3 Lessons Learned from Implementing a Deep Reinforcement Learning Framework for Data Exploration

Ori Bar El, Tova Milo,Amit Somech
Workshop Paper AIDB@VLDB, 2019


We examine the opportunities and the challenges that stem from implementing a Deep Reinforcement Learning (DRL) framework for Exploratory Data Analysis (EDA). We have dedicated a considerable effort in the design and the development of a DRL system that can autonomously explore a given dataset, by performing an entire sequence of analysis operations that highlight interesting aspects of the data.

In this work, we describe our system design and development process, particularly delving into the major challenges we encountered and eventually overcame. We focus on three important lessons we learned, one for each principal component of the system: (1) Designing a DRL environment for EDA, comprising a machine-readable encoding for analysis operations and result-sets, (2) formulating a reward mechanism for exploratory sessions, then further tuning it to elicit a desired output, and (3) Designing an efficient neural network architecture, capable of effectively choosing between hundreds of thousands of distinct analysis operations. We believe that the lessons we learned may be useful for the databases community members making their first steps in applying DRL techniques to their problem domains.

Predicting "What is Interesting" by Mining Interactive-Data-Analysis Session Logs

Tova Milo, Chai Ozeri, Amit Somech
Conference Paper EDBT, 2019


Assessing the interestingness of data analysis actions has been the subject of extensive previous work, and a multitude of interestingness measures have been devised, each capturing a different facet of the broad concept. While such measures are a core component in many analysis platforms (e.g., for ranking association rules, recommending visualizations, and query formulation), choosing the most adequate measure for a specific analysis task or an application domain is known to be a difficult task.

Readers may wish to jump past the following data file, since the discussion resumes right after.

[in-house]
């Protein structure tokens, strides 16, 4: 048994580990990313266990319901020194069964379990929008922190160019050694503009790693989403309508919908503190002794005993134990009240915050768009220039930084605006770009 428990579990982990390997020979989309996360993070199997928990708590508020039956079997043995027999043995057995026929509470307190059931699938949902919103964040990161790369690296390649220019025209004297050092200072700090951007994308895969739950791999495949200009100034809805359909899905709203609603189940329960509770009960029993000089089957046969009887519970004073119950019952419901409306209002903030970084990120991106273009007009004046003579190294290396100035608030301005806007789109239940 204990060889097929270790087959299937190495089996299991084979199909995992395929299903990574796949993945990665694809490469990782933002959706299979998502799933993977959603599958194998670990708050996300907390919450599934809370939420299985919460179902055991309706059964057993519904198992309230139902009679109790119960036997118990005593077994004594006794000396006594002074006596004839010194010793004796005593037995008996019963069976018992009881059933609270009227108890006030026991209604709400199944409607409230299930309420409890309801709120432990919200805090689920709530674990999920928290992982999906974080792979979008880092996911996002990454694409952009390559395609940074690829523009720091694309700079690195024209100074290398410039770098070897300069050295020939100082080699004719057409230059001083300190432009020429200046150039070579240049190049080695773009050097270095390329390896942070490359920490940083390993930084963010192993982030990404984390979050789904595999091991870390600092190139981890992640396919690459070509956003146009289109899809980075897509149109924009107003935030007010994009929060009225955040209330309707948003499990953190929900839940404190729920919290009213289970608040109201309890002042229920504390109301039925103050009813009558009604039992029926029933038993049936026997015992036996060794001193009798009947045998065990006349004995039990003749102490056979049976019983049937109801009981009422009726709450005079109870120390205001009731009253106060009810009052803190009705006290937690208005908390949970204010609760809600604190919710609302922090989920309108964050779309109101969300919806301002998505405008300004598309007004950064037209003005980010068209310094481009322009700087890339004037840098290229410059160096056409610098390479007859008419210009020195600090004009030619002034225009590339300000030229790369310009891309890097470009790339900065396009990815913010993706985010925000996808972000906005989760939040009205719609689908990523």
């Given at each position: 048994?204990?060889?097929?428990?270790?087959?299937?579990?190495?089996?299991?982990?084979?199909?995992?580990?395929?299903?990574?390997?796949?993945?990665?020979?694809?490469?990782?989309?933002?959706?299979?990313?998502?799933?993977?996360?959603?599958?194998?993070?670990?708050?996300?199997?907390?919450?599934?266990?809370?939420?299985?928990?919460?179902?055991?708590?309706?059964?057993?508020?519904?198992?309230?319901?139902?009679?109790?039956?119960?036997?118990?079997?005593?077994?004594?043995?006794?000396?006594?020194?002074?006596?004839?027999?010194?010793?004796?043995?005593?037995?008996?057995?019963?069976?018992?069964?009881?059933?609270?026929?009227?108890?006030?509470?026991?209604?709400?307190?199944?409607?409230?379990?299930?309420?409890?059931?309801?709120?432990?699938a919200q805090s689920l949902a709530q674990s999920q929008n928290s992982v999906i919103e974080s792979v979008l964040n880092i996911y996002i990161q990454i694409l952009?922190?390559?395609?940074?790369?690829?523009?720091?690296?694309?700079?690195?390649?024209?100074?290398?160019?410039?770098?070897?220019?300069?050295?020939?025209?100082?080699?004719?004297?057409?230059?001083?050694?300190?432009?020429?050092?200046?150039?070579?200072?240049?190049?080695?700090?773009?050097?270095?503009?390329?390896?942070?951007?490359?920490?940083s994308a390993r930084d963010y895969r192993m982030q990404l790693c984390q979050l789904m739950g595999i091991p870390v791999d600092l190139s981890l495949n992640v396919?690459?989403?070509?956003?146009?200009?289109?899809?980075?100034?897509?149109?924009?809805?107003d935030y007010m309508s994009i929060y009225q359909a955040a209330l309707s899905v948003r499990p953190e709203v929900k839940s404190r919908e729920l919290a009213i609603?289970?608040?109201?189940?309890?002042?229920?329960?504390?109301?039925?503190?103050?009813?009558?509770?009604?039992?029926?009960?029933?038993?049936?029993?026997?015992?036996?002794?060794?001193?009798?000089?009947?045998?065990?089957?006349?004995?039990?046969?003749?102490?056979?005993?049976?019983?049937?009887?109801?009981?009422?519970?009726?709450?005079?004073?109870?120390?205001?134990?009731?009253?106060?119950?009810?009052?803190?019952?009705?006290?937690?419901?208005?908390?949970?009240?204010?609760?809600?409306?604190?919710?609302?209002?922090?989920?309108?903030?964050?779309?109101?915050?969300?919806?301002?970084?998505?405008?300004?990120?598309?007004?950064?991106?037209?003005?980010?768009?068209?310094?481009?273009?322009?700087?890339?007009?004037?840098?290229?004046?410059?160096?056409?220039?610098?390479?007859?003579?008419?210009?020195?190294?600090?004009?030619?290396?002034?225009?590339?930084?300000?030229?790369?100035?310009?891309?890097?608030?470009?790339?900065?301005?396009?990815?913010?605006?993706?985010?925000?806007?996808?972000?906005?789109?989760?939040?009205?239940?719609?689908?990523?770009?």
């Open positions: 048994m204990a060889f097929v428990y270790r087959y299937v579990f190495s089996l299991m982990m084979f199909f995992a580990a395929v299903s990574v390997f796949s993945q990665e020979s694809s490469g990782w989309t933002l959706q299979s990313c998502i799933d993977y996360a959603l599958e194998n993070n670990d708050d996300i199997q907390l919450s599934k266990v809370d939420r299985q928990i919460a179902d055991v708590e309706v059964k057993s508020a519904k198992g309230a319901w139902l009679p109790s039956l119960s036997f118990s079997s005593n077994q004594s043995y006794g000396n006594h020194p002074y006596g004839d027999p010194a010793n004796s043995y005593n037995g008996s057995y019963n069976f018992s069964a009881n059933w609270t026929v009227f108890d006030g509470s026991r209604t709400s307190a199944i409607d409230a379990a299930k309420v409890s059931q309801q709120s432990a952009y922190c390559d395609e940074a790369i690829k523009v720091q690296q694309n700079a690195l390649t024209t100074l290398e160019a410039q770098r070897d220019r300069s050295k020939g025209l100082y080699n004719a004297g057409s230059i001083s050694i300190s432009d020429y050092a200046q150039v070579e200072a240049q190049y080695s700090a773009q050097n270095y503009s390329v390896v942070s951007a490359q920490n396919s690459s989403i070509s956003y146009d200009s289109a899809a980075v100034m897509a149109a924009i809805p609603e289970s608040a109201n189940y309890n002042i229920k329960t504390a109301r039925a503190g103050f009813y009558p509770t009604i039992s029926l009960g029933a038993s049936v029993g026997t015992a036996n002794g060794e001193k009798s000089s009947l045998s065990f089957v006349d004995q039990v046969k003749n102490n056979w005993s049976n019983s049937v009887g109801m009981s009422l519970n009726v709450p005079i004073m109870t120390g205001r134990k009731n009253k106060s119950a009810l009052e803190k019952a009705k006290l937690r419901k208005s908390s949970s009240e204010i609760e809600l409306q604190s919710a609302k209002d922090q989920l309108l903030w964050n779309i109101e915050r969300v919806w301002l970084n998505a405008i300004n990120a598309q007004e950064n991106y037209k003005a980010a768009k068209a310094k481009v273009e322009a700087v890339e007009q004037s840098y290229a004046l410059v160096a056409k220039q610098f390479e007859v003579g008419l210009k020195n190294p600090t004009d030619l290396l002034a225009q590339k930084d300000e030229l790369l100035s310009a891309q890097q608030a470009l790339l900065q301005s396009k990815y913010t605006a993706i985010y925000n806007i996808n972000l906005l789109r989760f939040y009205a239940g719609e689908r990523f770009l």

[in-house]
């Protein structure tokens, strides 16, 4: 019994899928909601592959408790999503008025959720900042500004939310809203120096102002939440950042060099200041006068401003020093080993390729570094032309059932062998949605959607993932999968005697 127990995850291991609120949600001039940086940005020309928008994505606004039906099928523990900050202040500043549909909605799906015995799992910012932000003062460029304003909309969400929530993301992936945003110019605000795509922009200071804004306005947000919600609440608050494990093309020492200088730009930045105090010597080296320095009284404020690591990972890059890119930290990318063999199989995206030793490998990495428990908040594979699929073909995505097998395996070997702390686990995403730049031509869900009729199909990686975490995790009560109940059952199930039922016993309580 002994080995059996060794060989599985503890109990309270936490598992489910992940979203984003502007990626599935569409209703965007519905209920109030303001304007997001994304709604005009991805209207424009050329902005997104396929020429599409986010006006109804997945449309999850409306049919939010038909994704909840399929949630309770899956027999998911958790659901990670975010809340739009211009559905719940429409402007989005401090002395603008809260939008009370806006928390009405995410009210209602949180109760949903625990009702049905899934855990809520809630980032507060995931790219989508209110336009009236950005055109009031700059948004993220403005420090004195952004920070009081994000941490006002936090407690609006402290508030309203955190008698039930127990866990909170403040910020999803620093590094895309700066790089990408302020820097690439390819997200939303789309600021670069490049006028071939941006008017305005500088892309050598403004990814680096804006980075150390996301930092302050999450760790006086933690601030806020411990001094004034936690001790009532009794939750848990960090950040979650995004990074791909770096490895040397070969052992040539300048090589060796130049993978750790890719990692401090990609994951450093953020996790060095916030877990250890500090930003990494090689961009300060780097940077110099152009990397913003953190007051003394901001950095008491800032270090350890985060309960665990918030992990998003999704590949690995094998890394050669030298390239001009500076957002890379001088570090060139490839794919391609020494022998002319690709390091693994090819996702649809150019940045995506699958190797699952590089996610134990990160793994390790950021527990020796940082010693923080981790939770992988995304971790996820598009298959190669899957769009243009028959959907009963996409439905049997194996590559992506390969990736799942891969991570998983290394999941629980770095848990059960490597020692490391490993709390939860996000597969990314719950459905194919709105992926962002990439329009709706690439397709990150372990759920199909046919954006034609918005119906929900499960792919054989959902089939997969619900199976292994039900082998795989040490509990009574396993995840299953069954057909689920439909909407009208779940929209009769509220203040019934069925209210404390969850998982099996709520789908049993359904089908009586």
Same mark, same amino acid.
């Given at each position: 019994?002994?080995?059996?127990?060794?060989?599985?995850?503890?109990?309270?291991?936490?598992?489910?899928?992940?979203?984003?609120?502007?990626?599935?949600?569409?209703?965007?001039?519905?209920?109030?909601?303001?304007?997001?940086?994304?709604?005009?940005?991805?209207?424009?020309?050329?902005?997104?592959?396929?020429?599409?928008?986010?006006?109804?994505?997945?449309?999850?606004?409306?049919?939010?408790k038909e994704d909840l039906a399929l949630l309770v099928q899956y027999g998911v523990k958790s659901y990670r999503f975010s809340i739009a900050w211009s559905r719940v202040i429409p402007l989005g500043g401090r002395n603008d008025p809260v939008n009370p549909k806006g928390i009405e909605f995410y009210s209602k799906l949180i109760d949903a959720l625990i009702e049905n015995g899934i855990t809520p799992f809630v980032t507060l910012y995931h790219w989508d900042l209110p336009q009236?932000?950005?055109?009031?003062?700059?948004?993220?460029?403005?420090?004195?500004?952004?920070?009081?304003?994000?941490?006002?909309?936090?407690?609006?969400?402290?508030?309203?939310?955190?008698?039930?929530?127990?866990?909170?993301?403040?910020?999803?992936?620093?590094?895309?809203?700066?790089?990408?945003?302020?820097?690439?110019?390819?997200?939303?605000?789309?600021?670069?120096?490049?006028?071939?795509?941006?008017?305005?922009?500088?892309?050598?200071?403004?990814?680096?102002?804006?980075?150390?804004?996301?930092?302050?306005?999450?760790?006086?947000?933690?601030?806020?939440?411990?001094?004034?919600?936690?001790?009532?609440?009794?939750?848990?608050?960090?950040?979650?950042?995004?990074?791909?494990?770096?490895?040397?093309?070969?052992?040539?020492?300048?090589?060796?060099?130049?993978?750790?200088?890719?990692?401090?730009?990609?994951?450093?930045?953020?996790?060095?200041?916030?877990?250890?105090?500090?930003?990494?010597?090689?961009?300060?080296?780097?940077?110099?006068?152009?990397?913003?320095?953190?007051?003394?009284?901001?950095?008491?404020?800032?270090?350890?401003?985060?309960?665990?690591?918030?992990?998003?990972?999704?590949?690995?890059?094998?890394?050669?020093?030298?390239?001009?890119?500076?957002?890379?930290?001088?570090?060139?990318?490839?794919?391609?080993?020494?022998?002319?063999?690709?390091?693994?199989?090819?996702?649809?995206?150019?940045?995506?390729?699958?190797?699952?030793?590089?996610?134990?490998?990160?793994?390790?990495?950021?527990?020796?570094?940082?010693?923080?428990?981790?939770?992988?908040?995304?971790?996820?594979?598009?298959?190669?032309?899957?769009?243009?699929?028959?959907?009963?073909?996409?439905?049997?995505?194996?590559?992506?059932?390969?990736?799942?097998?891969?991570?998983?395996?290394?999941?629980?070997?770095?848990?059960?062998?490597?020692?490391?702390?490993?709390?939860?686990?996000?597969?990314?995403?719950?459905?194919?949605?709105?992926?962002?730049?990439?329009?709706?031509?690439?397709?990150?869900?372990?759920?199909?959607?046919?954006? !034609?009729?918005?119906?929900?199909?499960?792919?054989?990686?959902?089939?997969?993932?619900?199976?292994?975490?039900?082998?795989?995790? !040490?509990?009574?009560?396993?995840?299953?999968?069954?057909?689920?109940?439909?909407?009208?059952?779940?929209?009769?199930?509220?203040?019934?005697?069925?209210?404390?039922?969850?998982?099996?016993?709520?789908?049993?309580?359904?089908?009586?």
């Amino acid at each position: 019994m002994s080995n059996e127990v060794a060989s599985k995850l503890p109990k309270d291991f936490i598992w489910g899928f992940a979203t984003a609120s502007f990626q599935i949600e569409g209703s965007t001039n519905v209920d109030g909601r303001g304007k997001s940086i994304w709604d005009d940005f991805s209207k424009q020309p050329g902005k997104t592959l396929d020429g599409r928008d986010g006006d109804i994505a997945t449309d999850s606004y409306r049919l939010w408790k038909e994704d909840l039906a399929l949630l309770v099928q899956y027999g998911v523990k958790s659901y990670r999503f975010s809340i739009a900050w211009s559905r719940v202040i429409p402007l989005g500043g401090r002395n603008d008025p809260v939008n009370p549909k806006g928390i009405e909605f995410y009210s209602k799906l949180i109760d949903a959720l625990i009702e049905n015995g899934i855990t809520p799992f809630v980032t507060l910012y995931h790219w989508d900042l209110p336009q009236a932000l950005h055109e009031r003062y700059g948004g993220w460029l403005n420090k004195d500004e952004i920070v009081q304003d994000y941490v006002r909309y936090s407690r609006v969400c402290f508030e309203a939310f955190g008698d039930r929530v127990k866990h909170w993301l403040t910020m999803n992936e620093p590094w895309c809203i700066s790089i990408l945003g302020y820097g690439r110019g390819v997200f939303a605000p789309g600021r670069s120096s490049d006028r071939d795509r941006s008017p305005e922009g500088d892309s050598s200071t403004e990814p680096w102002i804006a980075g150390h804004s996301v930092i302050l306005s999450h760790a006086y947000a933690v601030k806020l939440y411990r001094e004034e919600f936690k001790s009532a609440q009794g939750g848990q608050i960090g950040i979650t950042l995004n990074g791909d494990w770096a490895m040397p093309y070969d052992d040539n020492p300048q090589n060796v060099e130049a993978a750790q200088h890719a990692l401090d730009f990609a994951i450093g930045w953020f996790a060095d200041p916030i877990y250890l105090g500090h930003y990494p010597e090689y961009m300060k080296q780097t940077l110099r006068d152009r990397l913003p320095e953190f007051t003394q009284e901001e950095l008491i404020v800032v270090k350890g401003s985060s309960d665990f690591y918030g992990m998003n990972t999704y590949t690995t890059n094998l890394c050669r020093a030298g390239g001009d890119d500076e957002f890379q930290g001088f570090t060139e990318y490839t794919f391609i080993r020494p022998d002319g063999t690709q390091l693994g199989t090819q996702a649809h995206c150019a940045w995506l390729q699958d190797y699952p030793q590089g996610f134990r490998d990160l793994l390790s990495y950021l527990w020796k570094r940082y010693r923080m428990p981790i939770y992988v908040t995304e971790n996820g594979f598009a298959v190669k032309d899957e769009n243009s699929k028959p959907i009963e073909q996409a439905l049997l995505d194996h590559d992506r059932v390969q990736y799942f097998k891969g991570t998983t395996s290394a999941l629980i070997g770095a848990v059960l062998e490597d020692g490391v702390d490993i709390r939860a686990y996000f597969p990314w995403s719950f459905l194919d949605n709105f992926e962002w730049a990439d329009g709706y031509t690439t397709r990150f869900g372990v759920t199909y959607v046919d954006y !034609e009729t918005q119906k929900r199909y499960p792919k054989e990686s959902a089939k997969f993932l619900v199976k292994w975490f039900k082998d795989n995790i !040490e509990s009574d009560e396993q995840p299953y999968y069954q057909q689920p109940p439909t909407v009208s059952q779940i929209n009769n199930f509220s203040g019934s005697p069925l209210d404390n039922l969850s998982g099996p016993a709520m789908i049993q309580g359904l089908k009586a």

In this work we focus on the choice of interestingness measures particularly for Interactive Data Analysis (IDA), where users examine datasets by performing sessions of analysis actions. Our goal is to determine the most suitable interestingness measure that adequately captures the user’s current interest at each step of an interactive analysis session. We propose a novel solution that is based on the mining of IDA session logs. First, we perform an offline analysis of the logs, and identify unique characteristics of interestingness in IDA sessions. We then define a classification problem and build a predictive model that can select the best measure for a given a state of a user session. Our experimental evaluation, performed over real-life session logs, demonstrates the sensibility and adequacy of our approach.

Boosting SimRank with Semantics

Tova Milo, Amit Somech Brit Youngmann
Conference Paper EDBT, 2019


The problem of estimating the similarity of a pair of nodes in an information network draws extensive interest in numerous fields, e.g., social networks and recommender systems. In this work we revisit SimRank, a popular and well studied similarity measure for information networks, that quantifies the similarity of two nodes based on the similarity of their neighbors. SimRank’s popularity stems from its simple, declarative definition and its efficient, scalable computation. However, despite its wide adaptation, it has been observed that for many applications SimRank may yield inaccurate similarity estimations, due to the fact that it focuses on the network structure and ignores the semantics conveyed in the node/edge labels. Therefore, the question that we ask is can SimRank be enriched with semantics while preserving its advantages?